CROYDON COMMENTARY: Borough councils, including Croydon, have leant heavily on speculative developments to build new homes. But London needs a far more radical approach, according to CHRISTIAN WOLMAR, who is seeking selection by Labour to be the party’s Mayoral candidate
The London Labour Housing Group holds its hustings for the party’s mayoral candidates this Thursday. It will be a fascinating hustings because housing is the central issue facing Londoners at the moment. It will also be interesting because none of the candidates have really been tested on their housing policies.
What is clear to me is that developers are not the solution to our housing problems. The reason is a little-known thing called “viability”.
That’s why a radical council-led social housing building scheme is one of the core policies of my campaign.
But first, let’s look at what is happening on the ground:
Lambeth Council has a 40 per cent affordable housing target in the borough. An intuitive way to deliver this ambitious but desperately needed target is to ensure that 40 per cent of all new developments are affordable housing. Not so for the high-end Keybridge House development in Vauxhall – of the 419 new homes, a mere 19 will be affordable – that’s just 4.5 per cent.
What is worse is that the story is the same across London. Just down the road, the ultra-luxury (and ultra-lifeless) Nine Elms development in Battersea will see the development of 491 flats, the vast majority of which will all cost more than £1 million. How many affordable houses? A shade better than Keybridge House with a paltry 52, just over 10 per cent.
The trend is the same across London. In March the Greater London Authority released figures showing the number of affordable homes completed is now at a six-year low, despite annual pledges by Boris Johnson to build some imaginary number of affordable homes.
Why do we seem incapable of building enough affordable homes?
Part of the answer is the cost of land in London. It is just too lucrative for developers to do anything but maximise the number of full-value properties they sell, even with subsidies. That is understandable but it still does not explain why they are able to negotiate such low numbers of affordable homes in new developments.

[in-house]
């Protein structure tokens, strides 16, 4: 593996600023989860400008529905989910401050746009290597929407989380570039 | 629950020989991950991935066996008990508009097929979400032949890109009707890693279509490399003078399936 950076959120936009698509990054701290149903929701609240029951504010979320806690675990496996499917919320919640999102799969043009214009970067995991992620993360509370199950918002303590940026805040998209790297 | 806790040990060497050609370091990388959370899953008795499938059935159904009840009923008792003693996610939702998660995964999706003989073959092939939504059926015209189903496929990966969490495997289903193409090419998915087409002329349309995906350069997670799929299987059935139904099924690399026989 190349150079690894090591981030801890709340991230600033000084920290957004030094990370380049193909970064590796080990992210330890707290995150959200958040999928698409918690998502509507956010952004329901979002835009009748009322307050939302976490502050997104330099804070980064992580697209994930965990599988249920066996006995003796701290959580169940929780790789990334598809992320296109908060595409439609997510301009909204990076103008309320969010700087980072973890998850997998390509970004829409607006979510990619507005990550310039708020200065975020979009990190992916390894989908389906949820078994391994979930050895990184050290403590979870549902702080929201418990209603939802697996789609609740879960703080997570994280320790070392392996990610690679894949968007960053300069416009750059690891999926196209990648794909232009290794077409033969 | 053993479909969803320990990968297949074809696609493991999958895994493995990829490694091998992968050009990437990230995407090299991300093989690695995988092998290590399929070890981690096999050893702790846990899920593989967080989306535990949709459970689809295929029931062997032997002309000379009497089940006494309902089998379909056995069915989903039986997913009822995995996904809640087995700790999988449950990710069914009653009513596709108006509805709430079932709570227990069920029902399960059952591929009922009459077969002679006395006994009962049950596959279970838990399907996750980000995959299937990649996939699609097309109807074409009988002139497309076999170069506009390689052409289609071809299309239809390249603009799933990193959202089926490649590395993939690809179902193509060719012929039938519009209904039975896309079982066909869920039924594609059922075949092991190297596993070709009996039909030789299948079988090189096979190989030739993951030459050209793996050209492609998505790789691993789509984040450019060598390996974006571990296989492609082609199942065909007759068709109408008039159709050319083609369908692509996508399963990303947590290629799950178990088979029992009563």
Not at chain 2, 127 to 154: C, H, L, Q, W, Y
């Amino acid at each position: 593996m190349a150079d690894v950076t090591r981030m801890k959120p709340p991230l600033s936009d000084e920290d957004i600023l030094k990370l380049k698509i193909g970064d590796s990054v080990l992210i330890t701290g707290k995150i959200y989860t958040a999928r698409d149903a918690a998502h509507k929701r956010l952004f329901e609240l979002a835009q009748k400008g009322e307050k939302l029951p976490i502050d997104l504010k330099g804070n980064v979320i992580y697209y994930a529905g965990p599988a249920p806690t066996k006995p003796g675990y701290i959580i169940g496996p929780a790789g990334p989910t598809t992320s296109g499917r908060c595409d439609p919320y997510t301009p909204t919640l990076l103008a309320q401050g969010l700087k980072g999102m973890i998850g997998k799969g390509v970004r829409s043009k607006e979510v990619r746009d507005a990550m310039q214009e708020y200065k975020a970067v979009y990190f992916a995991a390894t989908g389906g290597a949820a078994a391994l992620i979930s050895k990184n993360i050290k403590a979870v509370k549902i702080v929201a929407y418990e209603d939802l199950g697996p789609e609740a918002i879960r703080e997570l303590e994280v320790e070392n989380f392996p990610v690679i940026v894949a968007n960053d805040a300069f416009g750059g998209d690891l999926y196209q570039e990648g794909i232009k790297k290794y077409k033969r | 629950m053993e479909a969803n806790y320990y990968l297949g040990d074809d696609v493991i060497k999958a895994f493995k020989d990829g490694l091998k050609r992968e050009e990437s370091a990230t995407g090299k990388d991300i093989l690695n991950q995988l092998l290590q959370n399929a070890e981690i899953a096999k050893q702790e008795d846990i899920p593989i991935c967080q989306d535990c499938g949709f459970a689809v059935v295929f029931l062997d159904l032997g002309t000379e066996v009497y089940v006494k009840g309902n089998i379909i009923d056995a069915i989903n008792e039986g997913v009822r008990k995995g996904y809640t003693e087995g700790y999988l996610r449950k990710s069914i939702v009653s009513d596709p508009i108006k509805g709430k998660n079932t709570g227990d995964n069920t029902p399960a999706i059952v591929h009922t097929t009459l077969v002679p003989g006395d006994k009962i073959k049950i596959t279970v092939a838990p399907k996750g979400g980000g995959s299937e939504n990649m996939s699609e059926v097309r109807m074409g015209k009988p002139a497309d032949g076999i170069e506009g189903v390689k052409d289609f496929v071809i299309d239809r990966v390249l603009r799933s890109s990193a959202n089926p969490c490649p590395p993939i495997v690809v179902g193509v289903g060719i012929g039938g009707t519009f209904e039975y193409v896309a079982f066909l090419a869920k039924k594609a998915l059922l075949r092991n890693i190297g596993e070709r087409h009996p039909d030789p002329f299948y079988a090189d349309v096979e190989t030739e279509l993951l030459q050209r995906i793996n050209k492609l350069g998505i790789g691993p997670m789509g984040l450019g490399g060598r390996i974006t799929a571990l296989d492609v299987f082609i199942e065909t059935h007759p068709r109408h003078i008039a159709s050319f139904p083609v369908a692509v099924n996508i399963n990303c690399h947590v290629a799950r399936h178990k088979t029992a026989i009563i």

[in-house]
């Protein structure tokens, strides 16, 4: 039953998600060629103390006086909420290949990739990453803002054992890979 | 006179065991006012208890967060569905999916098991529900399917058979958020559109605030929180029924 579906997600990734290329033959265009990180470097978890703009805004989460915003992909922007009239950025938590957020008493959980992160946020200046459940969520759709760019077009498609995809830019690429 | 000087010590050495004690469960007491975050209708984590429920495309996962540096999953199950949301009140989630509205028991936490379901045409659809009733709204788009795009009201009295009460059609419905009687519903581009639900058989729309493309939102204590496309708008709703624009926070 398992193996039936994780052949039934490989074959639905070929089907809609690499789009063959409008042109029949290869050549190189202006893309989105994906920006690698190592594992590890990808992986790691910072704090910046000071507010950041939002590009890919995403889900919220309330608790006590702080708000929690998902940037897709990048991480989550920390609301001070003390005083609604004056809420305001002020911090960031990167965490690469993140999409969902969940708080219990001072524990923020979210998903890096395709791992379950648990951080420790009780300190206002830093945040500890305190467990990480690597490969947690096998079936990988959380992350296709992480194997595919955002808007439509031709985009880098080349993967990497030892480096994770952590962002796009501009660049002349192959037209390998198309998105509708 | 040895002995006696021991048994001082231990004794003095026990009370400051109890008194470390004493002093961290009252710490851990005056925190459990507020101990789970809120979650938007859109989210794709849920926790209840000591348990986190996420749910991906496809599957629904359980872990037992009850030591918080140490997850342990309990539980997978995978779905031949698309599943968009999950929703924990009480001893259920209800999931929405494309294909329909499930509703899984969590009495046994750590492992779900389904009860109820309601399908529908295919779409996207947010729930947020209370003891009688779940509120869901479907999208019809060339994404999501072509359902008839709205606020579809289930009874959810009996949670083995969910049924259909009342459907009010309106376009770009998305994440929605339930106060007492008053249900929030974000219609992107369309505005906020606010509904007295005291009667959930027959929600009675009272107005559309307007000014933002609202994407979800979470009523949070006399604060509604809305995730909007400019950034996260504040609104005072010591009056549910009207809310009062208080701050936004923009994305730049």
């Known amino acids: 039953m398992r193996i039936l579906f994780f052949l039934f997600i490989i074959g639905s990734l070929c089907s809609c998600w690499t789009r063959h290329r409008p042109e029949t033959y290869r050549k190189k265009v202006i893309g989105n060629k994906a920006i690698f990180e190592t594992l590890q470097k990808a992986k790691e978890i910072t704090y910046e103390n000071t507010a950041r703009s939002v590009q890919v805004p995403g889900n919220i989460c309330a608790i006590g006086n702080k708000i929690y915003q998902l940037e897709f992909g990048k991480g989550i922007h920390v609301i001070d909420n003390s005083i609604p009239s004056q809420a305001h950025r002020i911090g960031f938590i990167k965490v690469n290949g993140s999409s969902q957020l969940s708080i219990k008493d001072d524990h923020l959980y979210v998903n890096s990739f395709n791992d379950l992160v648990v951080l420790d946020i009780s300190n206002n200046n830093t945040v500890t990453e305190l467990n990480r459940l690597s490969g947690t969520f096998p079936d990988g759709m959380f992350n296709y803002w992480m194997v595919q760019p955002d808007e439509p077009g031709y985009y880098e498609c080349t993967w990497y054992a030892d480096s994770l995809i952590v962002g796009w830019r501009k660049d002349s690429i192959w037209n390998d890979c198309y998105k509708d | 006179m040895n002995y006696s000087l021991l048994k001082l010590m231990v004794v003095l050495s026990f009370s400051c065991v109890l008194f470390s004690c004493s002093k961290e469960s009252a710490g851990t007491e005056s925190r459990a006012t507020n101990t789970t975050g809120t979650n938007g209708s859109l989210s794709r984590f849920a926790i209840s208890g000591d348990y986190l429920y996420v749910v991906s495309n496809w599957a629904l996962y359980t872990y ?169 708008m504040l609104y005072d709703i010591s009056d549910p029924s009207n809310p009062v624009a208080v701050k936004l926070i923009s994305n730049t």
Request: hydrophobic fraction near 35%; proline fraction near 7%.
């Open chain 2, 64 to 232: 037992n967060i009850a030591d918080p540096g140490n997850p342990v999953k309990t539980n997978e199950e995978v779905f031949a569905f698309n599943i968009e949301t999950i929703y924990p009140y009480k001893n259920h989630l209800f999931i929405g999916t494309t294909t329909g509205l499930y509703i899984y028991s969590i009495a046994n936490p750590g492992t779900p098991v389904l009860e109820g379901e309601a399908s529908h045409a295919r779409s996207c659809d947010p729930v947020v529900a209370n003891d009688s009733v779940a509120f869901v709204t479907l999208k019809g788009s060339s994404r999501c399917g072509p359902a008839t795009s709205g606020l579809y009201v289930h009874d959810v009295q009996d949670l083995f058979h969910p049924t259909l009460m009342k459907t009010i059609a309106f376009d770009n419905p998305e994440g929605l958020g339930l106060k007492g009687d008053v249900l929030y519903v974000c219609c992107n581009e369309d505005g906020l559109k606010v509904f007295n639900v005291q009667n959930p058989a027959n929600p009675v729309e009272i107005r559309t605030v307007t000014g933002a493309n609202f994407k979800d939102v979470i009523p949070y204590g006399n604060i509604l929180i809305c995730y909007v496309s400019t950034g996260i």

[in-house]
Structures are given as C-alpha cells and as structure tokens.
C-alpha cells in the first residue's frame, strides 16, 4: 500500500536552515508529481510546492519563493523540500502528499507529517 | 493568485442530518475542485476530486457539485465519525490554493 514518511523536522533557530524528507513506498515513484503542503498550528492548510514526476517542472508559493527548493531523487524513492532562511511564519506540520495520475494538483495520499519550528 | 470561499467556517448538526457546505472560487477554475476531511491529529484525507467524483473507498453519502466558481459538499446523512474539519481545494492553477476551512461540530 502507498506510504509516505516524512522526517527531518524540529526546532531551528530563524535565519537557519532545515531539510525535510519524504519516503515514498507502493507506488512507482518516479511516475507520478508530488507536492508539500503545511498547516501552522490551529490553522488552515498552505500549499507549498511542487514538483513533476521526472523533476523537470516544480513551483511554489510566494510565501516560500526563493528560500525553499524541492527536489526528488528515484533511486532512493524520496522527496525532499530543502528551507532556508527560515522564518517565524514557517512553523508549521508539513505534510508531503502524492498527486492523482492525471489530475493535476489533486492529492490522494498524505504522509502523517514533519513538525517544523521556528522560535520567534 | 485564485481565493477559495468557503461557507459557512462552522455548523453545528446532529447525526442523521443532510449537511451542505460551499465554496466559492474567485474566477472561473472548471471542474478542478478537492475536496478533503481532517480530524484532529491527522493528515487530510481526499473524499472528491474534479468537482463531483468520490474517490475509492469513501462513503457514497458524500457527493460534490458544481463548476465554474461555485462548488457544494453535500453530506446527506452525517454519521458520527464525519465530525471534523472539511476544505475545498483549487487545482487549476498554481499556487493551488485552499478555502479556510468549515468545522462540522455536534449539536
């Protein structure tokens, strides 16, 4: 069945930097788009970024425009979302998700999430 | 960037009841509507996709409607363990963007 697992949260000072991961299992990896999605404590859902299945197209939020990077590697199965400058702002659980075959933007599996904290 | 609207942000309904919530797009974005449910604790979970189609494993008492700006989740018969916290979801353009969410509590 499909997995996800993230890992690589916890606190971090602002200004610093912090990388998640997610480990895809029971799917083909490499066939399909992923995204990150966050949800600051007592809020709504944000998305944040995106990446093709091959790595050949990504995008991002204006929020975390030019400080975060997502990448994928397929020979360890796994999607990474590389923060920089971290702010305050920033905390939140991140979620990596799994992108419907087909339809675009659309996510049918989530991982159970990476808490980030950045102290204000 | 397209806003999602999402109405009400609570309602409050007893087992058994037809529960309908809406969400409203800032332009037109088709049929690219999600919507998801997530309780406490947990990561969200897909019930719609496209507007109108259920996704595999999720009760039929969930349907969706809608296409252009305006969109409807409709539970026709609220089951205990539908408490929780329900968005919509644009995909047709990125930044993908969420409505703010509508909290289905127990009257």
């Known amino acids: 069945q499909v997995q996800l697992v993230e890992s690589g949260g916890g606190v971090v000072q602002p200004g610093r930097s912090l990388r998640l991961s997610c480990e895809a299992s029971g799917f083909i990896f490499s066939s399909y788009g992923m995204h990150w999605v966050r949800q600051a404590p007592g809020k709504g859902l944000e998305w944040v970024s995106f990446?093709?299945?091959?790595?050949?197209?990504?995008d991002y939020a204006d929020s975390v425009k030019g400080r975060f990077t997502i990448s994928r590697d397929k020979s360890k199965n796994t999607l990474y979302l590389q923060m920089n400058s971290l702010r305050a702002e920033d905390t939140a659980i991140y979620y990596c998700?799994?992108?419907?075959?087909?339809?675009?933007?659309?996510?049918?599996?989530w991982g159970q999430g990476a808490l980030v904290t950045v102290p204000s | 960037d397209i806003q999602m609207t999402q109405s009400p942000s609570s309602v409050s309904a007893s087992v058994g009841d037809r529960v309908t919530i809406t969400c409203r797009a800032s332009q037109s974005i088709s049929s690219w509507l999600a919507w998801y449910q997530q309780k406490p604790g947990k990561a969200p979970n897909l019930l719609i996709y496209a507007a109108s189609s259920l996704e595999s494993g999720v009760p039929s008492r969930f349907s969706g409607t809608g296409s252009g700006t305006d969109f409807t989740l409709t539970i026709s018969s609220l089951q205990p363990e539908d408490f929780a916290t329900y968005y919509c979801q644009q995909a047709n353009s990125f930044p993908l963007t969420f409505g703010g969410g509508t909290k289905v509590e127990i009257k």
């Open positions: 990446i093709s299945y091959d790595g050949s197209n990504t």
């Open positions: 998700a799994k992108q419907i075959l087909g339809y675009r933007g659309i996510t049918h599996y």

Shrouded in a mist of legalese, viability appraisals provide the reasons why developers are simply unable to deliver affordable housing (or other worthwhile community amenities for that matter). Oliver Wainwright described viability wonderfully in a Guardian article last year.
“Presented as a precise science,” Wainwright wrote, “viability is nothing of the sort; it is a form of bureaucratic alchemy, figures fiddled with spreadsheet spells that can be made to conjure any outcome desired.”
This is why developers simply cannot be the solution to our housing crisis. It is just too easy for them to summon a viability demon to ward off the requirements set by London’s councils. The demon always wins.
I spoke with a former Labour councillor from Brent who told me councils simply do not have the resources or expertise to challenge viability assessments. “When I was on the council developers would bring in the piece of paper and the number of affordable houses would shrink. It is not a feasible way of delivering the affordable homes we so vitality need.”
As the next Mayor of London, I would tackle the issue of viability assessments. One way of doing this is to empower councils to start their own social housing schemes. Lifting the borrowing cap and allowing councils to build their own housing stock once again will cut out the viability assessment. Developers can either chose to undertake a council’s contract or not. It is a bit like the way the NHS negotiates favourable drug prices.
Almost all of Labour’s candidates have also had the idea of some sort of housing development corporation. But my Homes Delivery Agency will be designed in such a way as to tackle viability head on. It will have the expertise to assess these reports; it will have the teeth to say no; and it will have the means to deliver its own housing.
The developer-led scheme at Nine Elms is self-styled as the “greatest transformational story in the heart of London”. That is not true. It is just vacuous marketing speak. What is true, however, is that Nine Elms is emblematic of what is quite possibly the greatest transformational story in London’s history – the gutting of the capital’s soul by forcing ordinary people out of the city through sky-high house prices and a lack of high-quality and genuinely affordable housing.
It is time for this to stop.
- Christian Wolmar has been campaigning for three years to become Labour’s candidate to stand in next year’s London Mayoral elections. His campaign website can be found here
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